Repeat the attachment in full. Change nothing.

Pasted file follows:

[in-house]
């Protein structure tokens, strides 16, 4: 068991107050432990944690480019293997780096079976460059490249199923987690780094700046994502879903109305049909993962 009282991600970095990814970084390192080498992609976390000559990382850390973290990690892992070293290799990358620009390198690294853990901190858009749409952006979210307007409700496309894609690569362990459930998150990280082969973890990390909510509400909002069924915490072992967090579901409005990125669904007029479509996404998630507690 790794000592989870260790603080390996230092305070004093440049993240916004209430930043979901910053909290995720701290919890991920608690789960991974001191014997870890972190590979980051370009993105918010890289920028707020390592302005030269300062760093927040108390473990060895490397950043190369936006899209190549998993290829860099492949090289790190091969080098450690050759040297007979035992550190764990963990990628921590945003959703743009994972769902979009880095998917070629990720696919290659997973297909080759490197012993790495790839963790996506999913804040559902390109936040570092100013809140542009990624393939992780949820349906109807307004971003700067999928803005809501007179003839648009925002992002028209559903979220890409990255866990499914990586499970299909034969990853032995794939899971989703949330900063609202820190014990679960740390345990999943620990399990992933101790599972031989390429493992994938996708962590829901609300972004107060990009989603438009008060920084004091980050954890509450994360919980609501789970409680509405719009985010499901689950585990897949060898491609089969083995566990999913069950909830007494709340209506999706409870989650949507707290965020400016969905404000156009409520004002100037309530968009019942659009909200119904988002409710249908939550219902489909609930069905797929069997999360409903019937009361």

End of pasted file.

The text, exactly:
[in-house]
């Protein structure tokens, strides 16, 4: 068991107050432990944690480019293997780096079976460059490249199923987690780094700046994502879903109305049909993962 009282991600970095990814970084390192080498992609976390000559990382850390973290990690892992070293290799990358620009390198690294853990901190858009749409952006979210307007409700496309894609690569362990459930998150990280082969973890990390909510509400909002069924915490072992967090579901409005990125669904007029479509996404998630507690 790794000592989870260790603080390996230092305070004093440049993240916004209430930043979901910053909290995720701290919890991920608690789960991974001191014997870890972190590979980051370009993105918010890289920028707020390592302005030269300062760093927040108390473990060895490397950043190369936006899209190549998993290829860099492949090289790190091969080098450690050759040297007979035992550190764990963990990628921590945003959703743009994972769902979009880095998917070629990720696919290659997973297909080759490197012993790495790839963790996506999913804040559902390109936040570092100013809140542009990624393939992780949820349906109807307004971003700067999928803005809501007179003839648009925002992002028209559903979220890409990255866990499914990586499970299909034969990853032995794939899971989703949330900063609202820190014990679960740390345990999943620990399990992933101790599972031989390429493992994938996708962590829901609300972004107060990009989603438009008060920084004091980050954890509450994360919980609501789970409680509405719009985010499901689950585990897949060898491609089969083995566990999913069950909830007494709340209506999706409870989650949507707290965020400016969905404000156009409520004002100037309530968009019942659009909200119904988002409710249908939550219902489909609930069905797929069997999360409903019937009361």